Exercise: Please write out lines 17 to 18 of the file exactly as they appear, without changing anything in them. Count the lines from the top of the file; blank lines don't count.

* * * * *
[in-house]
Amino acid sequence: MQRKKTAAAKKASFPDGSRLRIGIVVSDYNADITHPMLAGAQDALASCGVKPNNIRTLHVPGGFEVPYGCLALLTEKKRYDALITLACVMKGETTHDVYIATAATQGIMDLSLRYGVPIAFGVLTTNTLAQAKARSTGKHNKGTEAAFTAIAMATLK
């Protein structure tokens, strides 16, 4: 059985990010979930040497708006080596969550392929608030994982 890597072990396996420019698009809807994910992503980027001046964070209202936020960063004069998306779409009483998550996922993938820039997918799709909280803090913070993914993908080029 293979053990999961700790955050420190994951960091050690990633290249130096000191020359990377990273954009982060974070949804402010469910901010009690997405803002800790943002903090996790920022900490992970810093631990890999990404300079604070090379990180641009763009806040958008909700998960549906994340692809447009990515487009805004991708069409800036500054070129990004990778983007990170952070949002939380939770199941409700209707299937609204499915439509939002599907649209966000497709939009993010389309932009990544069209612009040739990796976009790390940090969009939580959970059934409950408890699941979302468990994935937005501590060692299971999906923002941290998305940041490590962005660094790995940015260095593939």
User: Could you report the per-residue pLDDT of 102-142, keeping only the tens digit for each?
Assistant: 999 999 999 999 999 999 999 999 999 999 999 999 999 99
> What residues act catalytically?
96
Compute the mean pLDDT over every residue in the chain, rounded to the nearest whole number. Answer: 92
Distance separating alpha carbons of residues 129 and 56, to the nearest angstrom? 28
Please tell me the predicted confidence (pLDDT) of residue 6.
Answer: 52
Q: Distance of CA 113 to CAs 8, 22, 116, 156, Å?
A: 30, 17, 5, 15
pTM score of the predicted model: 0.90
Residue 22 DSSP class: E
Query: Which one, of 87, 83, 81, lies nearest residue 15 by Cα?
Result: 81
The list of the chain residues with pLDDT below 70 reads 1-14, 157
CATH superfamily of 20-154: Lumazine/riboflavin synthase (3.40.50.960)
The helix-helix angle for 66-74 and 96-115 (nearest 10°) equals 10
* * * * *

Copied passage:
Result: 81
The list of the chain residues with pLDDT below 70 reads 1-14, 157